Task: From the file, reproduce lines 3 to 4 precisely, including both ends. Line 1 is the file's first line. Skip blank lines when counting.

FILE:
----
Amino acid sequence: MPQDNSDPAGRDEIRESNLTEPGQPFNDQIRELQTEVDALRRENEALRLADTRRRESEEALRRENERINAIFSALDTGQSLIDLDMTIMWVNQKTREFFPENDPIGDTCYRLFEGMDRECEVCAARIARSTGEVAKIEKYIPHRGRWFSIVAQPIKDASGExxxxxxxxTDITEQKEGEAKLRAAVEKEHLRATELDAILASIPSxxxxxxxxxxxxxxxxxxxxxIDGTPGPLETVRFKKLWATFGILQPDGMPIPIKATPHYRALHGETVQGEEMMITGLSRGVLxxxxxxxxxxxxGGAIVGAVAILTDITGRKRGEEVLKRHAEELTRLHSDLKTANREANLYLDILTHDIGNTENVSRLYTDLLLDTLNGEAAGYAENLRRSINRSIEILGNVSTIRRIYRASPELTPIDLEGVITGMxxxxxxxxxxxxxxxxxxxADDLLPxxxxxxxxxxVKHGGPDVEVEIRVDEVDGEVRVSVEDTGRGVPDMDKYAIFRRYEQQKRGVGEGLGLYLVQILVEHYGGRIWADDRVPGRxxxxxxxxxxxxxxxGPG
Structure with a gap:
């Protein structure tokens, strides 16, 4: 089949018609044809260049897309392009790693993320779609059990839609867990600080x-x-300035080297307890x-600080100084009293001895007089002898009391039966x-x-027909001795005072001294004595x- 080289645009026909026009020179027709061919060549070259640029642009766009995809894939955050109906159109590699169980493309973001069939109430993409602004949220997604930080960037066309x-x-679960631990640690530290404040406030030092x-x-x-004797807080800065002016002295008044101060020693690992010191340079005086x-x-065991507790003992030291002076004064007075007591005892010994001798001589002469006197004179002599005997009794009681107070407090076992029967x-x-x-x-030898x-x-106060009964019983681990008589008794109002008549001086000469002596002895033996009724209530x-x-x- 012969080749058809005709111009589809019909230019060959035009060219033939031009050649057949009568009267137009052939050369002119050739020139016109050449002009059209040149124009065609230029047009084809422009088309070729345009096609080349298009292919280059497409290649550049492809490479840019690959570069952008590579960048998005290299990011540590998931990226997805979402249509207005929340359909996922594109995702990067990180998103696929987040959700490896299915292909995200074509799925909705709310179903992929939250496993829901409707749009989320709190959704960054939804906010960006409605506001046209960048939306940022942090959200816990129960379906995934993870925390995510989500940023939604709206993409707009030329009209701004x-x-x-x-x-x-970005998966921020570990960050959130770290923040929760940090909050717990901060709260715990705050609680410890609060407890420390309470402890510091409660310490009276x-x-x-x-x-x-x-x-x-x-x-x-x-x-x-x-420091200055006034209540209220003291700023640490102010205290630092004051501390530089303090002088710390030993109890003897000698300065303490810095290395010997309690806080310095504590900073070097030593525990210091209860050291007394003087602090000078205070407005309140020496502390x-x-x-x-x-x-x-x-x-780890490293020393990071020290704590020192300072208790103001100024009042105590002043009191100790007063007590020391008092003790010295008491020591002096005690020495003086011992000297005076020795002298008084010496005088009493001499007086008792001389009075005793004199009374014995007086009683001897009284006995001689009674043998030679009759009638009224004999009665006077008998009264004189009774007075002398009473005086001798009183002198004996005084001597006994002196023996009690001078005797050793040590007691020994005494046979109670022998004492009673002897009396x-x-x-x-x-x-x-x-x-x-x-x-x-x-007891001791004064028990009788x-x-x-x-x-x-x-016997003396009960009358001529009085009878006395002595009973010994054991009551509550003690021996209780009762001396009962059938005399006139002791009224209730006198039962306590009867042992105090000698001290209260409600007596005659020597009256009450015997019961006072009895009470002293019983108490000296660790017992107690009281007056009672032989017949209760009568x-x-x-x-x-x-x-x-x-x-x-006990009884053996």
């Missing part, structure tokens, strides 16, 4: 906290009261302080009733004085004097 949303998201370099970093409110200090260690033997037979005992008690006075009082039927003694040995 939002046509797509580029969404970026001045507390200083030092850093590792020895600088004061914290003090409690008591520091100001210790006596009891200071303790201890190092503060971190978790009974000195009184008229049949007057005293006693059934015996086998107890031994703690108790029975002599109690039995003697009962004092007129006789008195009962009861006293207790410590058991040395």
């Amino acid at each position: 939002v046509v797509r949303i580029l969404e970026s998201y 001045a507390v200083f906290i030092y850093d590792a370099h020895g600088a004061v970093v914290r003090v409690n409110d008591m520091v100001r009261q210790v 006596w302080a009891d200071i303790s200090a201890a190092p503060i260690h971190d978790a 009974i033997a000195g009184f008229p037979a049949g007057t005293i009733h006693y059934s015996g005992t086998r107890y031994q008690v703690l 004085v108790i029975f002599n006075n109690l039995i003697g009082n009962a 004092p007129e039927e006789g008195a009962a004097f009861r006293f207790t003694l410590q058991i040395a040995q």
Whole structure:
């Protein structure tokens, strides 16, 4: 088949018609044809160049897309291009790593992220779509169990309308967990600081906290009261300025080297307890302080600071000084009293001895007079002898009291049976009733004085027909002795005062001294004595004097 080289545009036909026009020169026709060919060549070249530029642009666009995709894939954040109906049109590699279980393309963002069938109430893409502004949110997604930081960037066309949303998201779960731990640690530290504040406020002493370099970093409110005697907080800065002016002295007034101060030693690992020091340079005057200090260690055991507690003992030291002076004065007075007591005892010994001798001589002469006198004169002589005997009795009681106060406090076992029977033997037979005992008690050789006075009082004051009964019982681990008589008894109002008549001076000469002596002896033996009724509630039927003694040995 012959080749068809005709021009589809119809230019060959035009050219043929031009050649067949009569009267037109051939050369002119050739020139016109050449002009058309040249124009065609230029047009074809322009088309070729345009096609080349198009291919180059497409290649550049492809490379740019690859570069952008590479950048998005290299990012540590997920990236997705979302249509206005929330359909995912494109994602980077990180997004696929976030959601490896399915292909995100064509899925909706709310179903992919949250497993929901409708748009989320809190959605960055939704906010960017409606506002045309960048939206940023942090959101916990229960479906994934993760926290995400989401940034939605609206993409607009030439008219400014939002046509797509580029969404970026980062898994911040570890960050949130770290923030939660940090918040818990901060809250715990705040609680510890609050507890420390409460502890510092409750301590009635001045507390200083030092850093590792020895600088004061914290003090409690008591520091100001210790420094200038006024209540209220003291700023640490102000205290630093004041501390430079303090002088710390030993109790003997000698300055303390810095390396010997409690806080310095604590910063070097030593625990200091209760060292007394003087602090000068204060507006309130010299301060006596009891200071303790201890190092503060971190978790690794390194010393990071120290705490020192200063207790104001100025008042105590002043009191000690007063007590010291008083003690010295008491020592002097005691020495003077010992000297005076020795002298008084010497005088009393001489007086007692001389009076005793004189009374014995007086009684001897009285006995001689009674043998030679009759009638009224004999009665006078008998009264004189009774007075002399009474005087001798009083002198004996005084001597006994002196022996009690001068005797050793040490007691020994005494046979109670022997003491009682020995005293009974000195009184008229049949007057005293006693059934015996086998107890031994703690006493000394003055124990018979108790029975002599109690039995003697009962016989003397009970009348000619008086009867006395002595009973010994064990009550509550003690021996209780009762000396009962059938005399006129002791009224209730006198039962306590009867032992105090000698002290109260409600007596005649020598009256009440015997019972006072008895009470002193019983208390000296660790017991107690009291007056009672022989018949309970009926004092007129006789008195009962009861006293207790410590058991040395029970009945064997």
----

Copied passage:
């Protein structure tokens, strides 16, 4: 089949018609044809260049897309392009790693993320779609059990839609867990600080x-x-300035080297307890x-600080100084009293001895007089002898009391039966x-x-027909001795005072001294004595x- 080289645009026909026009020179027709061919060549070259640029642009766009995809894939955050109906159109590699169980493309973001069939109430993409602004949220997604930080960037066309x-x-679960631990640690530290404040406030030092x-x-x-004797807080800065002016002295008044101060020693690992010191340079005086x-x-065991507790003992030291002076004064007075007591005892010994001798001589002469006197004179002599005997009794009681107070407090076992029967x-x-x-x-030898x-x-106060009964019983681990008589008794109002008549001086000469002596002895033996009724209530x-x-x- 012969080749058809005709111009589809019909230019060959035009060219033939031009050649057949009568009267137009052939050369002119050739020139016109050449002009059209040149124009065609230029047009084809422009088309070729345009096609080349298009292919280059497409290649550049492809490479840019690959570069952008590579960048998005290299990011540590998931990226997805979402249509207005929340359909996922594109995702990067990180998103696929987040959700490896299915292909995200074509799925909705709310179903992929939250496993829901409707749009989320709190959704960054939804906010960006409605506001046209960048939306940022942090959200816990129960379906995934993870925390995510989500940023939604709206993409707009030329009209701004x-x-x-x-x-x-970005998966921020570990960050959130770290923040929760940090909050717990901060709260715990705050609680410890609060407890420390309470402890510091409660310490009276x-x-x-x-x-x-x-x-x-x-x-x-x-x-x-x-420091200055006034209540209220003291700023640490102010205290630092004051501390530089303090002088710390030993109890003897000698300065303490810095290395010997309690806080310095504590900073070097030593525990210091209860050291007394003087602090000078205070407005309140020496502390x-x-x-x-x-x-x-x-x-780890490293020393990071020290704590020192300072208790103001100024009042105590002043009191100790007063007590020391008092003790010295008491020591002096005690020495003086011992000297005076020795002298008084010496005088009493001499007086008792001389009075005793004199009374014995007086009683001897009284006995001689009674043998030679009759009638009224004999009665006077008998009264004189009774007075002398009473005086001798009183002198004996005084001597006994002196023996009690001078005797050793040590007691020994005494046979109670022998004492009673002897009396x-x-x-x-x-x-x-x-x-x-x-x-x-x-007891001791004064028990009788x-x-x-x-x-x-x-016997003396009960009358001529009085009878006395002595009973010994054991009551509550003690021996209780009762001396009962059938005399006139002791009224209730006198039962306590009867042992105090000698001290209260409600007596005659020597009256009450015997019961006072009895009470002293019983108490000296660790017992107690009281007056009672032989017949209760009568x-x-x-x-x-x-x-x-x-x-x-006990009884053996």
């Missing part, structure tokens, strides 16, 4: 906290009261302080009733004085004097 949303998201370099970093409110200090260690033997037979005992008690006075009082039927003694040995 939002046509797509580029969404970026001045507390200083030092850093590792020895600088004061914290003090409690008591520091100001210790006596009891200071303790201890190092503060971190978790009974000195009184008229049949007057005293006693059934015996086998107890031994703690108790029975002599109690039995003697009962004092007129006789008195009962009861006293207790410590058991040395």